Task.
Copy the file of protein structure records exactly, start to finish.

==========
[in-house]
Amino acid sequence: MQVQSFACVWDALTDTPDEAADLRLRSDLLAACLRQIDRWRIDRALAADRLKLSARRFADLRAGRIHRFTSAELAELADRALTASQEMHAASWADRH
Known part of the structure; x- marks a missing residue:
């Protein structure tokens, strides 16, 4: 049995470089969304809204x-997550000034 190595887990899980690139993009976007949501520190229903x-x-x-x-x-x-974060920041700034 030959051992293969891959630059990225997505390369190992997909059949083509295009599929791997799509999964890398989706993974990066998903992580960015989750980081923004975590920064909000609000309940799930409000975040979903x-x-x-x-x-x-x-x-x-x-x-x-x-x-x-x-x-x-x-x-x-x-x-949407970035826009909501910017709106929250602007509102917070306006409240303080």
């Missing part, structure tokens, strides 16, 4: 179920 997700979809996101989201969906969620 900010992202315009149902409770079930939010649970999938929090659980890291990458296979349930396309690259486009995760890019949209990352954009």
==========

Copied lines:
[in-house]
Amino acid sequence: MQVQSFACVWDALTDTPDEAADLRLRSDLLAACLRQIDRWRIDRALAADRLKLSARRFADLRAGRIHRFTSAELAELADRALTASQEMHAASWADRH
Known part of the structure; x- marks a missing residue:
């Protein structure tokens, strides 16, 4: 049995470089969304809204x-997550000034 190595887990899980690139993009976007949501520190229903x-x-x-x-x-x-974060920041700034 030959051992293969891959630059990225997505390369190992997909059949083509295009599929791997799509999964890398989706993974990066998903992580960015989750980081923004975590920064909000609000309940799930409000975040979903x-x-x-x-x-x-x-x-x-x-x-x-x-x-x-x-x-x-x-x-x-x-x-949407970035826009909501910017709106929250602007509102917070306006409240303080």
């Missing part, structure tokens, strides 16, 4: 179920 997700979809996101989201969906969620 900010992202315009149902409770079930939010649970999938929090659980890291990458296979349930396309690259486009995760890019949209990352954009």